Monday, February 18, 2013


Last Thursday six of us piled into a car that was supposed to seat only five and set off for Queenstown, the adventure capital of the world. Besides the fact that I knew I wanted to go bungy, we really didn't have much of a plan. The car ride up was probably through some of the most beautiful scenery I've ever had the pleasure of admiring. My tablet, loaded with books and games for the trip, lay forgotten in my lap for the entirety of the ride.

White sky, blue water, and stony banks

After arriving in Queenstown we got settled in the hostel, and then argued over what we should do the next day. One of the hosts at the hostel began to rave about how amazing river surfing was, so we all bought tickets to that. River surfing is essentially white water rafting, but instead of a raft everyone rides a boogie board.

That night Donna and I separated from the group and went out for a fantastic valentines day dinner. It was one of the prettiest (and most expensive, but totally worth it) meals I've ever eaten.

The next day we woke up bright and early to catch the bus to the Kawarau bridge for my bungy. The Kawarau bridge sits 43m above the surface of the beautifully blue river below. It is also the first commercially opened bungy jump in the world.  

When we set out for the bridge I was going to be the only one of our group that was jumping. By the time we got there however, three other members of our group had nervously agreed to jump as well.

I was up first, and after getting my harness and GoPro set up, made my way to the edge of the bridge. Looking down made my head spin, but there was a line behind me so I tried not to hesitate. I thanked the goofy bungy operator who had set up my harness, and leapt into the blue below.

Look out below!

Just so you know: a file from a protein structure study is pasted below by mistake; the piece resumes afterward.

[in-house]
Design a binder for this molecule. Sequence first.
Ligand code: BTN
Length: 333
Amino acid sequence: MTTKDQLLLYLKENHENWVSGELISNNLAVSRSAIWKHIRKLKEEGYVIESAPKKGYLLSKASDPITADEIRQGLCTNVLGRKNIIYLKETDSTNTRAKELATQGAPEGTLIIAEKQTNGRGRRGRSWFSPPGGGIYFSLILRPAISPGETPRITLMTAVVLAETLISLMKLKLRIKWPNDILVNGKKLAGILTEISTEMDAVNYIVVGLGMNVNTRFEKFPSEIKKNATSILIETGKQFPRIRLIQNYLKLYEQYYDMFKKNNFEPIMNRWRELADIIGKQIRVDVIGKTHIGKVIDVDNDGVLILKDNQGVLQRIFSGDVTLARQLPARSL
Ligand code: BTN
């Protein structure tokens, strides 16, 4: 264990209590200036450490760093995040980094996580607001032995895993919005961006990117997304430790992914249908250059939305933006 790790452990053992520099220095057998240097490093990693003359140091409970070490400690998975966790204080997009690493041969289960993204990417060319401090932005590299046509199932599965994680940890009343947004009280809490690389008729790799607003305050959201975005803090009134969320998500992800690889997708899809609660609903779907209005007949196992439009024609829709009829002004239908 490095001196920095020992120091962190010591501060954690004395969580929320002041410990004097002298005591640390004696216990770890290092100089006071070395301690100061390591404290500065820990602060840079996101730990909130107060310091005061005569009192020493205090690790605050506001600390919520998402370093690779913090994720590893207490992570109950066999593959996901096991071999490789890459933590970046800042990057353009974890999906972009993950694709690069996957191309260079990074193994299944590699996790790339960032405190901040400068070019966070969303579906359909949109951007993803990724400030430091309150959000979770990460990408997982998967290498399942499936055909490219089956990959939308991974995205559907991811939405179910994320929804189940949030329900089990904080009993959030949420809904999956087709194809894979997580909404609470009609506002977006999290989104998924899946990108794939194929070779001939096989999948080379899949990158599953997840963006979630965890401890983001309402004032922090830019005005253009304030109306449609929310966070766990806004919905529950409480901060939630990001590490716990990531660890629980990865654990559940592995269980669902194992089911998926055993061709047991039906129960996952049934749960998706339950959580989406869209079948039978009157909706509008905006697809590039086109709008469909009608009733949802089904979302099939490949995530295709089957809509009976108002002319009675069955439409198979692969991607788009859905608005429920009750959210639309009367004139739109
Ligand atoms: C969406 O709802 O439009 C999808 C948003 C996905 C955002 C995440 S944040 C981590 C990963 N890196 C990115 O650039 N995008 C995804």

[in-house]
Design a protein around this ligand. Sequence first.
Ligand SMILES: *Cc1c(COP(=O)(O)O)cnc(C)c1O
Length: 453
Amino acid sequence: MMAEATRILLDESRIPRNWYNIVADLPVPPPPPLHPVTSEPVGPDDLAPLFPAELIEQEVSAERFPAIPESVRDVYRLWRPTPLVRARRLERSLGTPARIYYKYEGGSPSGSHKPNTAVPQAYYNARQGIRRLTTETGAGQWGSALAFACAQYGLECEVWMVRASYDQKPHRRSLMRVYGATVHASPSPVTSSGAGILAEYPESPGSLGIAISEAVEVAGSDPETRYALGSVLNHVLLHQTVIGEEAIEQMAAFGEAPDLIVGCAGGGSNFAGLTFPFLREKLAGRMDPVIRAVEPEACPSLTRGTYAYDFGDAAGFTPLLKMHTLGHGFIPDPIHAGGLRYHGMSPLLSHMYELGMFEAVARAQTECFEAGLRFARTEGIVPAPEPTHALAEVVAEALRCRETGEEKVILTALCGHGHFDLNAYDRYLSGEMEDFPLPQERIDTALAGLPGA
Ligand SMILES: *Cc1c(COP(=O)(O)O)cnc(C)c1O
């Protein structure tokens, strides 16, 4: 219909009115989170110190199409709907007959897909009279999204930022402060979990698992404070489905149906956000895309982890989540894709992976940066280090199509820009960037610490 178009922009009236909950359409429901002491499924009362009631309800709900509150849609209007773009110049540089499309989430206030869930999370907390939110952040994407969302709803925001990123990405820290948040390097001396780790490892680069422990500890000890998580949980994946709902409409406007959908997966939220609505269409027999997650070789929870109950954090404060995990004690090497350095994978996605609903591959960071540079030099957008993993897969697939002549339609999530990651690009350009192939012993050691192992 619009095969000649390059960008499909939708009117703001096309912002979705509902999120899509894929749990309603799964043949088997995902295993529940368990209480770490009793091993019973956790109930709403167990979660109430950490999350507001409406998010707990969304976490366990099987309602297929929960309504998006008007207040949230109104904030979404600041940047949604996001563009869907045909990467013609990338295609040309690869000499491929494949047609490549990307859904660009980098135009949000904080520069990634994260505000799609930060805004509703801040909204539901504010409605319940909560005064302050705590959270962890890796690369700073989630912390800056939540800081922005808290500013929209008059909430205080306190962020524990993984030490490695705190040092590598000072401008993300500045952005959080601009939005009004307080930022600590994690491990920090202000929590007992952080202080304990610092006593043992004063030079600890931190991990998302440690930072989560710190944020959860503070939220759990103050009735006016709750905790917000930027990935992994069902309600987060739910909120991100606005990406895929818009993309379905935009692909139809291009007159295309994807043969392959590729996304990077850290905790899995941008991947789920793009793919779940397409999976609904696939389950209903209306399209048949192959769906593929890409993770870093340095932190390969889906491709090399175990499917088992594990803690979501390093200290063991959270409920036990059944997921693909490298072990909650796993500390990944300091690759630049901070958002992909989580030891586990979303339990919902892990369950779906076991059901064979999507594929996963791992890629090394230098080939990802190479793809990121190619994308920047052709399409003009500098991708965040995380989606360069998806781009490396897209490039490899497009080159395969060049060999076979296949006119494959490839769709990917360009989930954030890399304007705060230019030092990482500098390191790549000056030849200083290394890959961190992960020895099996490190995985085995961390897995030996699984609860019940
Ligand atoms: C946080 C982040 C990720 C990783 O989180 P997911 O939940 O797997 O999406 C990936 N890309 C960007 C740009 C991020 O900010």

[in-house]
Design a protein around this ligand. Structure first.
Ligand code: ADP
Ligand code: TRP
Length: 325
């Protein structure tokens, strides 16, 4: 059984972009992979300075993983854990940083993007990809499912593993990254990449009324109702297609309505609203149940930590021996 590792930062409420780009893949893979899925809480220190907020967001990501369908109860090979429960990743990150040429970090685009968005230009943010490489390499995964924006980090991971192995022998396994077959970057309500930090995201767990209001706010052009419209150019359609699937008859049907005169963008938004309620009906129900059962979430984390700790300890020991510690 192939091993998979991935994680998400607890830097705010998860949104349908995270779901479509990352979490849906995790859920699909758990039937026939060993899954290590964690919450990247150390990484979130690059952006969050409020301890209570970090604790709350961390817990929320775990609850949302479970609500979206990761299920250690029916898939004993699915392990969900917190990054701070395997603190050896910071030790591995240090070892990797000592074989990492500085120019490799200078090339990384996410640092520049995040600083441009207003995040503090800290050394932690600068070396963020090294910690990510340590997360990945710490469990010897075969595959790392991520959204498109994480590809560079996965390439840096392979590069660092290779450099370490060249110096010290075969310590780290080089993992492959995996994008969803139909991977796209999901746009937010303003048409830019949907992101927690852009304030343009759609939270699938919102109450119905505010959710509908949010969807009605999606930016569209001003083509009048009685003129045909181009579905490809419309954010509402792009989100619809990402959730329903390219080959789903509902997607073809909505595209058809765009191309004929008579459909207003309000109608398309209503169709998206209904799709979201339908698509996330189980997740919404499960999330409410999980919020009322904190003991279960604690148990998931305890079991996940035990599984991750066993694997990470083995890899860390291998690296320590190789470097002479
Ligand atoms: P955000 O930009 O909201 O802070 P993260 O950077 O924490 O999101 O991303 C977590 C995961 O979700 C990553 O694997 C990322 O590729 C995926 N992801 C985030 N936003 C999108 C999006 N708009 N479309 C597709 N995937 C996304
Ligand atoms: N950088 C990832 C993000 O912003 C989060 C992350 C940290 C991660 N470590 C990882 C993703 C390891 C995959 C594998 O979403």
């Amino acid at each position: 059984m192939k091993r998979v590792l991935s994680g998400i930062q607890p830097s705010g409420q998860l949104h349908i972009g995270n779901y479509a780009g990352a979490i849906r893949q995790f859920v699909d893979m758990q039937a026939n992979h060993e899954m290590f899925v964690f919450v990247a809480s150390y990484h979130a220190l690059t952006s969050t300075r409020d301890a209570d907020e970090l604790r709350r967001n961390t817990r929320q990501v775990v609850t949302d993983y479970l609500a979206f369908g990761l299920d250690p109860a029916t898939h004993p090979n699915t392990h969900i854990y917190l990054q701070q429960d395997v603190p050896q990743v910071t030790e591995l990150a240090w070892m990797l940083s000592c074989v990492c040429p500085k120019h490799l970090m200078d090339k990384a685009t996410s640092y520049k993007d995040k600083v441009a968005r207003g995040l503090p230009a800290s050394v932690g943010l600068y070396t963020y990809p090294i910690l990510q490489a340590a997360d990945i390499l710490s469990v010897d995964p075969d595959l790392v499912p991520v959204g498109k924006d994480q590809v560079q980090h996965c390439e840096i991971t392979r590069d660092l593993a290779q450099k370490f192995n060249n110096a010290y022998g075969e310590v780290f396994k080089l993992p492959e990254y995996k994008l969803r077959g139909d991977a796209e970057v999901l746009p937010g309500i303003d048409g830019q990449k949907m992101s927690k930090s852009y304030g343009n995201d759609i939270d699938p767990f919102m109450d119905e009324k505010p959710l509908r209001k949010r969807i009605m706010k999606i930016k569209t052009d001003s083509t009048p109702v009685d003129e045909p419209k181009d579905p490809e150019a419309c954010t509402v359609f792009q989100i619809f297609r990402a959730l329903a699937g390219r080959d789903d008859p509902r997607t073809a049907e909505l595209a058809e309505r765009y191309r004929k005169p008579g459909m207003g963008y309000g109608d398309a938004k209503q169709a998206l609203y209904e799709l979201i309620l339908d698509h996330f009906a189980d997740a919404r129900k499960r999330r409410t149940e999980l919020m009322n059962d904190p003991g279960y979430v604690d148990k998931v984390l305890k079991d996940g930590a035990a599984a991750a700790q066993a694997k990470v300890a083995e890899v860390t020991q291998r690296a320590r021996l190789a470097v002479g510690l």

The few seconds of freefall were intense, and the water rushing up to me exhilarating. As the bungy stretched to it's limit, I was plunged face first into the water below, and then immediately yanked back out, soaked but laughing.

There's GoPro footage of the jump on Facebook if you want to get a better idea of what it was like.

The rest of the group who were jumping followed suit, and soon we were all piled back into the bus and on our way to the next activity for the day, river surfing.

We arrived at the part of river we were surfing, a few kilometers upstream of the bridge we had jumped from over the Kawarau river just a few hours ago. The section of the river we were to be riding is known as the Chinese Dogleg. We struggled into our wetsuits and fins, grabbed our boards, and splashed into the water.

After some basic training from our guides, we set off downstream. The calm parts of the river were absolutely gorgeous, and we passed a number of beautiful views. One of them was a set piece for the Fellowship of the Ring, where the fellowship passes under the pillars of the kings.

Pillars of the Kings

There were no kings to be seen from our boards below as they were computer generated for the film, but the cliffs were still amazing to see.

The rapid parts of the river were a different matter entirely. It's hard not to appreciate the raw power that water can hold after you've been subject to it's wrath with nothing more than a life vest and a boogie board to keep your head above the surface of it's boiling madness.

It was a blast getting tossed around by the crazy white water, but after the end of our two hour trip we were all exhausted from clinging to our boards and kicking frantically to make sure we didn't get smashed into the sides. The guides had their hands full rescuing those of us that were pulled off the safest paths, but they did an excellent job and I'm sure none of us were in any real danger.

We headed back home to Dunedin the next day, much of our group complaining of being sore but sorry we had to leave Queenstown behind us. Donna and I will be headed back up there in a few weeks, and can't wait to see what we do next time.

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